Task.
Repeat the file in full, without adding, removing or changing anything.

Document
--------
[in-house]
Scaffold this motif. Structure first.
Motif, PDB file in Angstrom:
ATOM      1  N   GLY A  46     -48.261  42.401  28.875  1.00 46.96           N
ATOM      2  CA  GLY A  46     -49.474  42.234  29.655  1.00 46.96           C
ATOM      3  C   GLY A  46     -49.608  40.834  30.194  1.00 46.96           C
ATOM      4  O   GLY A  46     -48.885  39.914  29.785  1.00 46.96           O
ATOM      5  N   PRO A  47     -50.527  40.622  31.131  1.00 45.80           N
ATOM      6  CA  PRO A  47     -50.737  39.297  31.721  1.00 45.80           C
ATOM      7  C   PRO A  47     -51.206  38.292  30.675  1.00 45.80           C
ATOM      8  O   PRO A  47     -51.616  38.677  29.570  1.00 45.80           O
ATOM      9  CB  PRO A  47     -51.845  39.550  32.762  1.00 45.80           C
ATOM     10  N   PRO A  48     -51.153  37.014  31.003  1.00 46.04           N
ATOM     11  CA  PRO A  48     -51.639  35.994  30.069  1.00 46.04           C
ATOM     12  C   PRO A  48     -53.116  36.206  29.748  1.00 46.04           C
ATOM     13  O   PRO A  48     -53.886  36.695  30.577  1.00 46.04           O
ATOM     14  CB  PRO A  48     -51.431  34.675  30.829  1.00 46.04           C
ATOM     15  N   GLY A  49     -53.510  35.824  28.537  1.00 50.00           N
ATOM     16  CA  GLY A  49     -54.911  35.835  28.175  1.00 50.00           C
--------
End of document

[in-house]
Scaffold this motif. Structure first.
Motif, PDB file in Angstrom:
ATOM      1  N   GLY A  46     -48.261  42.401  28.875  1.00 46.96           N
ATOM      2  CA  GLY A  46     -49.474  42.234  29.655  1.00 46.96           C
ATOM      3  C   GLY A  46     -49.608  40.834  30.194  1.00 46.96           C
ATOM      4  O   GLY A  46     -48.885  39.914  29.785  1.00 46.96           O
ATOM      5  N   PRO A  47     -50.527  40.622  31.131  1.00 45.80           N
ATOM      6  CA  PRO A  47     -50.737  39.297  31.721  1.00 45.80           C
ATOM      7  C   PRO A  47     -51.206  38.292  30.675  1.00 45.80           C
ATOM      8  O   PRO A  47     -51.616  38.677  29.570  1.00 45.80           O
ATOM      9  CB  PRO A  47     -51.845  39.550  32.762  1.00 45.80           C
ATOM     10  N   PRO A  48     -51.153  37.014  31.003  1.00 46.04           N
ATOM     11  CA  PRO A  48     -51.639  35.994  30.069  1.00 46.04           C
ATOM     12  C   PRO A  48     -53.116  36.206  29.748  1.00 46.04           C
ATOM     13  O   PRO A  48     -53.886  36.695  30.577  1.00 46.04           O
ATOM     14  CB  PRO A  48     -51.431  34.675  30.829  1.00 46.04           C
ATOM     15  N   GLY A  49     -53.510  35.824  28.537  1.00 50.00           N
ATOM     16  CA  GLY A  49     -54.911  35.835  28.175  1.00 50.00           C